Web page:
Back v. Sebelius

No. 09-1706 (C.D.Cal.), filed September 8, 2009. Appeal filed January 28, 2011 (No. 11-55175, 9th Cir.)

Last Update: October 22, 2013

Issue: Whether the absence of an administrative appeals process for the denial of services by a hospice violates the Medicare statute and the Due Process Clause.

Relief Sought: Declaratory and injunctive relief requiring an administrative appeals process.

Status: After the complaint was filed, the parties attempted to settle the case with the assistance of a magistrate judge acting as a mediator, but the Secretary would only offer that an allegedly existing administrative process, with no expedited review and otherwise inadequate in the circumstances, should be available. Defendant then moved for judgment on the pleadings, arguing both that the district court lacked jurisdiction because plaintiff had failed to exhaust (despite having attempted on several occasions to challenge the hospice’s failure to provide the required medication) and that plaintiff could not state a claim.

On January 4, 2011, after full briefing and argument, the district judge granted the defendant’s motion for judgment on the pleadings.  She concluded that plaintiff had not met any of the three factors relevant to waiver of exhaustion of administrative remedies, and that therefore the court lacked jurisdiction.  Plaintiff appealed, and after full briefing and oral argument, a Ninth Circuit panel issued a decision on July 5, 2012.  684 F.3d 929.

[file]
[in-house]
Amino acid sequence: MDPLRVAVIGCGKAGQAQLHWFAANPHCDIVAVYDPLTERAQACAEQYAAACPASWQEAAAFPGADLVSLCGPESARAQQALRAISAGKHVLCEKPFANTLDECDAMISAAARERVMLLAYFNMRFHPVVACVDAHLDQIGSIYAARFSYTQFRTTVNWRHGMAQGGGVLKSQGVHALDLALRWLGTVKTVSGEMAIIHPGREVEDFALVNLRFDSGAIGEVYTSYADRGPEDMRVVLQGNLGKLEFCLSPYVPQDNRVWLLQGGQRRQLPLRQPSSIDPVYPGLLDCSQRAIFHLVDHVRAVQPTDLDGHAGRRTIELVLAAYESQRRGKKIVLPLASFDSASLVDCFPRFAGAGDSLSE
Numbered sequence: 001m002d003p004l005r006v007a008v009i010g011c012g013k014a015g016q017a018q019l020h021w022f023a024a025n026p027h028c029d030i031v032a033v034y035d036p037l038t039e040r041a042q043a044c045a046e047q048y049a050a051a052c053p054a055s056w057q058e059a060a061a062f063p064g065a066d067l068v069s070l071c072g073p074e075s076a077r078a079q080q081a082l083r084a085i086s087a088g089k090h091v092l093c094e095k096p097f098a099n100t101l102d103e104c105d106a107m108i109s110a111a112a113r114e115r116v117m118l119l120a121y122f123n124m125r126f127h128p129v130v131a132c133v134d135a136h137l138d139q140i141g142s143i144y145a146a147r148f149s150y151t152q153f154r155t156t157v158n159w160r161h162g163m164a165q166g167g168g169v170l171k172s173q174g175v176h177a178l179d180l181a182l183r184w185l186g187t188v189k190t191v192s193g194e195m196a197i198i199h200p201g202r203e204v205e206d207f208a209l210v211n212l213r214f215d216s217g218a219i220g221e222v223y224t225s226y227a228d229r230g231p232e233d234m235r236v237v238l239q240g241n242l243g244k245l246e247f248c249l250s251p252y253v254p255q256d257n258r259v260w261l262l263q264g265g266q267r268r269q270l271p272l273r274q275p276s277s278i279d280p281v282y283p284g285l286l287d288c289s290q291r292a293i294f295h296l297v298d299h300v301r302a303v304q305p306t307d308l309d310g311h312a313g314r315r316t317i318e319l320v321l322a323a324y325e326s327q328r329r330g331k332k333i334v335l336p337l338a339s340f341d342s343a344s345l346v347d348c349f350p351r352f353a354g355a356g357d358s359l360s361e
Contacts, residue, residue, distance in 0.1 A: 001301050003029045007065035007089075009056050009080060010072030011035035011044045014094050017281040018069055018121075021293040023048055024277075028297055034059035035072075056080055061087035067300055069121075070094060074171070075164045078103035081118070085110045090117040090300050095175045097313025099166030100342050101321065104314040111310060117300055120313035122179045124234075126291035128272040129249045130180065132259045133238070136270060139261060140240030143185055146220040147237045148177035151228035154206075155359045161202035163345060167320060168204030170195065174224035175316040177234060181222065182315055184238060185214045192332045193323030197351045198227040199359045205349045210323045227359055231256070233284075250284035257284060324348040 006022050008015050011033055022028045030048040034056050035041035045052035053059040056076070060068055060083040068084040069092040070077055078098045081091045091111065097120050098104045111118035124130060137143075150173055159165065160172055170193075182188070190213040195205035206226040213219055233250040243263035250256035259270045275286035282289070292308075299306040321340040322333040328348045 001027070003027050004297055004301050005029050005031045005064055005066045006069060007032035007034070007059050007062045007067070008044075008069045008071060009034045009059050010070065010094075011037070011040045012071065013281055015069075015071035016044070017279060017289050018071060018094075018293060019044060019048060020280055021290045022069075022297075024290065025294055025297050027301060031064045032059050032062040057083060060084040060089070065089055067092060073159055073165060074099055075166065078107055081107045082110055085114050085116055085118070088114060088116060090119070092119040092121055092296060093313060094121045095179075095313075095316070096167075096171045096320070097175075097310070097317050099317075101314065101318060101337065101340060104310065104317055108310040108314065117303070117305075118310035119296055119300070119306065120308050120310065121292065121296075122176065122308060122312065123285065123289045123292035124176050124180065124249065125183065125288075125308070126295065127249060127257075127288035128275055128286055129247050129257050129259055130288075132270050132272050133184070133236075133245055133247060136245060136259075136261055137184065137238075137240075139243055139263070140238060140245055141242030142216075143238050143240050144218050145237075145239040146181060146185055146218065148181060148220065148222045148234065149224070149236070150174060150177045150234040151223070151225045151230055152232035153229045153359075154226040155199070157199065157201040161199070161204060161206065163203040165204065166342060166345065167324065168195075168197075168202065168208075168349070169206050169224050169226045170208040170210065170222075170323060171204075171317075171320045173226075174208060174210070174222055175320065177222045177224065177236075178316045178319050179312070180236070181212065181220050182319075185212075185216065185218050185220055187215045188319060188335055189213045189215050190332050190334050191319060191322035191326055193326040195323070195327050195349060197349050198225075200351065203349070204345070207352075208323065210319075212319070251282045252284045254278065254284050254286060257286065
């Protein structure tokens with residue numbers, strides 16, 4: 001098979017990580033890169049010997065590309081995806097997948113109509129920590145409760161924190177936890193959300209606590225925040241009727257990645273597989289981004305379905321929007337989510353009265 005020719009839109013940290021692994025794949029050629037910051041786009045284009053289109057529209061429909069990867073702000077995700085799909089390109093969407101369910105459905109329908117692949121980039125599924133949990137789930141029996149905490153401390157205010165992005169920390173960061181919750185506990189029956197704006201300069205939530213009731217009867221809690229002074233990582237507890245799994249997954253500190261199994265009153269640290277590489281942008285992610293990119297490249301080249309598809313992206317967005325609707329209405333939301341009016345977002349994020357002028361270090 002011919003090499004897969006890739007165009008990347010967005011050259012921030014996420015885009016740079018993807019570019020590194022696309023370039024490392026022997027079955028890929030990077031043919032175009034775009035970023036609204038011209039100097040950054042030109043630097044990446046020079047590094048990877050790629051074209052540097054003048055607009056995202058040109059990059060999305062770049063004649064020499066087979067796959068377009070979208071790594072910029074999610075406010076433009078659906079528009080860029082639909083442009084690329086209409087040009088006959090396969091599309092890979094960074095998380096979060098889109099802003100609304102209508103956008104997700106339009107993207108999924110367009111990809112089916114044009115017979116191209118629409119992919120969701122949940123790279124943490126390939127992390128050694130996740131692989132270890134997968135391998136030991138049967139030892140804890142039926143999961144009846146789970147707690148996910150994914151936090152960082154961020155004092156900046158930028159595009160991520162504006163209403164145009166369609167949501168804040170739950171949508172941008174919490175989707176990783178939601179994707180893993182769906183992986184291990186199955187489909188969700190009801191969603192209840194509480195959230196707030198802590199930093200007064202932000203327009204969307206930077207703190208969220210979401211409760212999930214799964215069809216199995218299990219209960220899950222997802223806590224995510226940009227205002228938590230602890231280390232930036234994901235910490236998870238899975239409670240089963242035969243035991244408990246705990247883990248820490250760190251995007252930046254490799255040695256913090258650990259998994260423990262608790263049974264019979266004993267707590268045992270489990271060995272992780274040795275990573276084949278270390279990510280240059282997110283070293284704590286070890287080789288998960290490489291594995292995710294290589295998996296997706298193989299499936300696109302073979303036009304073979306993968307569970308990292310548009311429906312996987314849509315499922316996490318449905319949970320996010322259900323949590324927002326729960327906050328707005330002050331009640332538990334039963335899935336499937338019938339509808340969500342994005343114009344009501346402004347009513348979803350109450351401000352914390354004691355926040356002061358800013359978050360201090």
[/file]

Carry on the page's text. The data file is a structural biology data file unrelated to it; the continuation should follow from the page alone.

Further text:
The Court held that the case was moot and did not reach the exhaustion issue on which the district court had based its decision.  The appellate court stated that the process of administrative review sought by the plaintiff aleady existed and that the plaintiff had been offered the opportunity to utilize that process.  The Court could find no indication that the existing regulations on the review process were not applicable to hospice beneficiaries seeking to challenge the denial of services.  The Court added, however, that it “expect[ed] that the Secretary will take action to ensure her agencies are properly informed in the future.”
Plaintiff filed a petition for panel rehearing on August 10, 2012, but that request was denied on September 26, 2012.  Plaintiff did not petition for Supreme Court review, so the case is at an end.